Harboring resentment is like drinking poison

| May 20, 2016 | 0 Comments

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Capt. C. W. Olson III, Chaplain
1st Battalion, 14 Infantry Regiment
25th Infantry Division

 

You will never die from a snake bite.

Although it may hurt, the wound itself doesn’t kill you — it’s the venom making its way through your body that will eventually kill you.

In the same way the wounds that others inflict upon us, like fights and perceived wrongs, don’t end our relationships; it is the resentment and blame that courses through our bodies that eventually destroys relationships and leaves us feeling angry, hurt and alone.

Many of us move from assignment to assignment tethered to people who have wronged us because of resentment and blame. How many times have we had a conflict with someone at work, and then through resentment and blame, invite resentment home to sit with us at dinner and then lay next to us in bed? We arise in the morning and resentment brings that someone to our breakfast table and into the car on the way to work. The harboring of resentment has us chained in bitterness to someone that we can hardly stand to be around in person.

It has been said that holding resentment is like drinking poison and expecting your enemy to die. It is only poisoning our own mind, destroying our own joy and clouding our hearts. Letting go of all resentment and seeking forgiveness is the pathway to true freedom and peace.

When I conduct premarital counseling, one of the first questions I like to ask the couple is; “How long do you want to be married for?” Typically, the couple will look back at me, kind of confused, and say something along the lines of “Forever, chaplain!” Nobody has ever said, “Well, we’d like to happily enjoy the first few months of marriage, begin to fight, hold grudges, fill our hearts with resentment, then begin to hate each other and blame the other for our unhappiness.”

But this happens over and over again. Given enough time, couples experience wounds in a marriage. They hold onto resentment that creates bitterness and eventually fractures the relationship, causing an amazing amount of pain and suffering. This does not happen overnight. But every night that goes by without forgiveness builds towards this end. Seek forgiveness and reconciliation, today, and begin to experience peace tomorrow.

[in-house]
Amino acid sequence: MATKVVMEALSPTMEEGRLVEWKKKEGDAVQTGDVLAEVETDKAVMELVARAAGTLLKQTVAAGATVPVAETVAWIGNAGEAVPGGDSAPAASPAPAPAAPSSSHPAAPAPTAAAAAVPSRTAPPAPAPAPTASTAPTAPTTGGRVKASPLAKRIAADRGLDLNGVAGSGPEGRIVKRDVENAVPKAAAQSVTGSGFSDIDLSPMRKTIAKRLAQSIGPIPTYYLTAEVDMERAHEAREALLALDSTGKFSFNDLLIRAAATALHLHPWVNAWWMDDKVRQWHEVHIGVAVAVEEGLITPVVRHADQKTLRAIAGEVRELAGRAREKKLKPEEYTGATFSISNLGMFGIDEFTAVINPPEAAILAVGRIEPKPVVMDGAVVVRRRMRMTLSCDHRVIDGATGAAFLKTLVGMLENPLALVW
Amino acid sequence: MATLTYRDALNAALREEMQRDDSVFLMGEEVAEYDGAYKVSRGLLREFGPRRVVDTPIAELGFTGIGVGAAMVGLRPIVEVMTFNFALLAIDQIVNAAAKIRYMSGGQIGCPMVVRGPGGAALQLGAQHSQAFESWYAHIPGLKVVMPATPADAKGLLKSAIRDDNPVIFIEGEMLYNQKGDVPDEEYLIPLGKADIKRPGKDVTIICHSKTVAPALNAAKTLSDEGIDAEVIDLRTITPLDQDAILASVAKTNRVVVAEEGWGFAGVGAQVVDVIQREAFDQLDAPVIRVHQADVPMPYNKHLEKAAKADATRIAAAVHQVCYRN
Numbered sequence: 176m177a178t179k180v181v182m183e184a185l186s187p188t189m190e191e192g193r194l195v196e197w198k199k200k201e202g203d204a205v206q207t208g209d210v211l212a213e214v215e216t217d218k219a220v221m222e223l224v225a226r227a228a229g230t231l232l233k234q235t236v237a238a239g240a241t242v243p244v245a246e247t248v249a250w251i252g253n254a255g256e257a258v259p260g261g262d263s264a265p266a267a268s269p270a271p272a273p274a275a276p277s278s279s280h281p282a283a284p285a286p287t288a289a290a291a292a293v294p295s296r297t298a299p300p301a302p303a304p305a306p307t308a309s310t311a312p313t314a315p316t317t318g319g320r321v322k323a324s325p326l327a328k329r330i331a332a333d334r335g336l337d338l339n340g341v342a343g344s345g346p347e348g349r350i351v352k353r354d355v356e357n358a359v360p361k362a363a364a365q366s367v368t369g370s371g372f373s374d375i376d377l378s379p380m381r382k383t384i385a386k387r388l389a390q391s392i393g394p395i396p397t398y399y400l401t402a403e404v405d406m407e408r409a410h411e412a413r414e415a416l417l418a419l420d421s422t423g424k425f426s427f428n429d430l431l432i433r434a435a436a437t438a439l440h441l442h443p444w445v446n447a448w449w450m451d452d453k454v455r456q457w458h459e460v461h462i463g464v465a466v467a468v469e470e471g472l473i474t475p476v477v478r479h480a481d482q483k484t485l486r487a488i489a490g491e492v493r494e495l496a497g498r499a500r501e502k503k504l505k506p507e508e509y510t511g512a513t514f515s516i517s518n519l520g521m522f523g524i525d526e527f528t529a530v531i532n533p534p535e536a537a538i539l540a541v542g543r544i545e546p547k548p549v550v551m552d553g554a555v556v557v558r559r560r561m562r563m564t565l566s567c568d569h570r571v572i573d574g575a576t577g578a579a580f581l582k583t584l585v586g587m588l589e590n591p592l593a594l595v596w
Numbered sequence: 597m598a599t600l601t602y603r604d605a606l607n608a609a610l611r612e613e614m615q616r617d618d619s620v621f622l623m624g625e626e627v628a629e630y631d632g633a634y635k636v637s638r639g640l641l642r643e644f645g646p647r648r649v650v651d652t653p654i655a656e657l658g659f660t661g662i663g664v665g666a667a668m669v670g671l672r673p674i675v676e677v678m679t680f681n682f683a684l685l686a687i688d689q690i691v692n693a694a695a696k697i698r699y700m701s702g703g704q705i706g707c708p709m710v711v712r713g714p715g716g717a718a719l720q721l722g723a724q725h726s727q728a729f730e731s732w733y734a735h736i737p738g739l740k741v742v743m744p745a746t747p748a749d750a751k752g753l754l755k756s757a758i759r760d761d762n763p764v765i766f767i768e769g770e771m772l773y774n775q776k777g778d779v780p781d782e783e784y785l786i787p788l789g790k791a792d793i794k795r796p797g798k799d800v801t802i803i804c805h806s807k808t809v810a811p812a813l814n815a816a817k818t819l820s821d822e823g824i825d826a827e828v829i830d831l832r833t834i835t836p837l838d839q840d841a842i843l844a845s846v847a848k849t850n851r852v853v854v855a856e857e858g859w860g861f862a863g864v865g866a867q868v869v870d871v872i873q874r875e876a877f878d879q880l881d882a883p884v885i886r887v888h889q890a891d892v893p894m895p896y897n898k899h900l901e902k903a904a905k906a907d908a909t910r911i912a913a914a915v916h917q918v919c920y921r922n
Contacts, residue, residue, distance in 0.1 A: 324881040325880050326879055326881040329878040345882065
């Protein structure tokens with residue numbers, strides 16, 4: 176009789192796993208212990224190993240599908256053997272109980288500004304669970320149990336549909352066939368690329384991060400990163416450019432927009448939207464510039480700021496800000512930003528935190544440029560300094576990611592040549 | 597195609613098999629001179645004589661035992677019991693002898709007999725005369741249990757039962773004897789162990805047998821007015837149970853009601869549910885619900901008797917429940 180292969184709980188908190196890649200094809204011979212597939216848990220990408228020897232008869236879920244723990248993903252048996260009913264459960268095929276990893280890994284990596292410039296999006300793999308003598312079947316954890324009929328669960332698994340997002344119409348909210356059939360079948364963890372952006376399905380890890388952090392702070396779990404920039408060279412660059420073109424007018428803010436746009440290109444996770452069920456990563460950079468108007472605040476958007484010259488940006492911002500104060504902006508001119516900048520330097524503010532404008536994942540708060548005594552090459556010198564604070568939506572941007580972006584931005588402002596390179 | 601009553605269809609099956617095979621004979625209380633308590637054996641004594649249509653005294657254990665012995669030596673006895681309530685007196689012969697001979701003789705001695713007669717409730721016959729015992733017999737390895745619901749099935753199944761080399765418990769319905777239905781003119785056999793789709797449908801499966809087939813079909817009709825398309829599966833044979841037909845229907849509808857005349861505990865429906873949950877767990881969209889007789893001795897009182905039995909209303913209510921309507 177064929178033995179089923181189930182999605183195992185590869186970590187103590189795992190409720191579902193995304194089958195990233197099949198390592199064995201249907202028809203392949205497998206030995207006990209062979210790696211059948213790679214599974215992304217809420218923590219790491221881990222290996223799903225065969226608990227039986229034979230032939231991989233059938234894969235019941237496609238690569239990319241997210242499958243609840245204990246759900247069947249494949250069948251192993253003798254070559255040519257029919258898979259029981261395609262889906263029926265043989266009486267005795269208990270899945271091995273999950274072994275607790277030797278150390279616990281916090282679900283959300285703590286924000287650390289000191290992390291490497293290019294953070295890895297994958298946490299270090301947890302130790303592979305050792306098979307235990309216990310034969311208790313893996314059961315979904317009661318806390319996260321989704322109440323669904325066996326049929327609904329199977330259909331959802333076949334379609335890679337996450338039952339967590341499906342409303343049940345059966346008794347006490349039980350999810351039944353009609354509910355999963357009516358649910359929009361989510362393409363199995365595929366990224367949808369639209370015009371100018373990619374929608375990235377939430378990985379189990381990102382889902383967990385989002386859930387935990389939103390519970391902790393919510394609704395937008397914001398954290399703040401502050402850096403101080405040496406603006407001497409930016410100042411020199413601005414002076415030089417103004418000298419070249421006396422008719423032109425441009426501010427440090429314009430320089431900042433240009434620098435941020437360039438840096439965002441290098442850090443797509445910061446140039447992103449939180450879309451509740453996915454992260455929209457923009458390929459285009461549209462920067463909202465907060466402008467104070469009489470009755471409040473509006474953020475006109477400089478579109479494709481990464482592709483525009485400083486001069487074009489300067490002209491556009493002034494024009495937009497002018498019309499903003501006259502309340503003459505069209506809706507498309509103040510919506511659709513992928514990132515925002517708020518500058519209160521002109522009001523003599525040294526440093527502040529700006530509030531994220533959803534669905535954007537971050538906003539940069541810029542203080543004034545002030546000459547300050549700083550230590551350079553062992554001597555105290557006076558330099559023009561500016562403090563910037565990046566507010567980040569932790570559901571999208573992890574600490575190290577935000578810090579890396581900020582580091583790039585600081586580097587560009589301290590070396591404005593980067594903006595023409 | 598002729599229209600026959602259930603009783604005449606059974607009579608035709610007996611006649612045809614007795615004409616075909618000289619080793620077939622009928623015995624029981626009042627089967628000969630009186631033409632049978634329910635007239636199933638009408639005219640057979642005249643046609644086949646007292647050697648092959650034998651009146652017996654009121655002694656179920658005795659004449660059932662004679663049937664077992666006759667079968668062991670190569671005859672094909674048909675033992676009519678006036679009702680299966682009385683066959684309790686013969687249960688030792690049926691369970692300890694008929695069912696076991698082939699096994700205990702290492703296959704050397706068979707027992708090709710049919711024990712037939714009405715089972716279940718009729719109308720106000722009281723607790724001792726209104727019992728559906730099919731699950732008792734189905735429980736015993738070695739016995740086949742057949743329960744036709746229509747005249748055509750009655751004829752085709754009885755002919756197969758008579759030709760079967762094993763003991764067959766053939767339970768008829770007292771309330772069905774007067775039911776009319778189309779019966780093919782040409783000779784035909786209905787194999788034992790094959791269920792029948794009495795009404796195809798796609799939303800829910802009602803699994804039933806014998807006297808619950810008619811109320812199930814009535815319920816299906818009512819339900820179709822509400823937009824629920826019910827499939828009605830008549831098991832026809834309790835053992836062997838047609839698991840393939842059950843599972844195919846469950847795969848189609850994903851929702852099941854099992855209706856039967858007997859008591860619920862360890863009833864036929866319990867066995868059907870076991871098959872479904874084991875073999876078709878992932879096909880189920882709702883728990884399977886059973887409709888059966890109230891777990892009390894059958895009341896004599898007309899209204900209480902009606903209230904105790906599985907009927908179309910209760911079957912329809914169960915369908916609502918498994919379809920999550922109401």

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Have you ever gone to dinner or had lunch with someone who was bitter? The taint of bitterness and resentment can ruin the best meal and most serene atmosphere. There is a sense of power in resentment, a regaining of control. However, this power is actually destroying us from the inside out. It ultimately drains our energy, consumes our emotions, and steals our joy.

There is a better way.

Choose, daily, to not blame others, to hold no resentment, and to seek forgiveness and reconciliation. This may seem impossible, but so is running a marathon if you’ve never trained for it. Take small steps towards peace, today, by first identifying any resentment or blame you have in your heart.

Next, choose to forgive, let go and not hold it against the other person. You may say, “Chaplain, you have no idea what this person did to me.” You’re right, I may not know what the other person did to wound you, but I do know about the damage holding on to resentment continues to do to you.

Find peace and joy today by embracing forgiveness and letting go of blame.

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Category: Footsteps in Faith, News, Standing Columns

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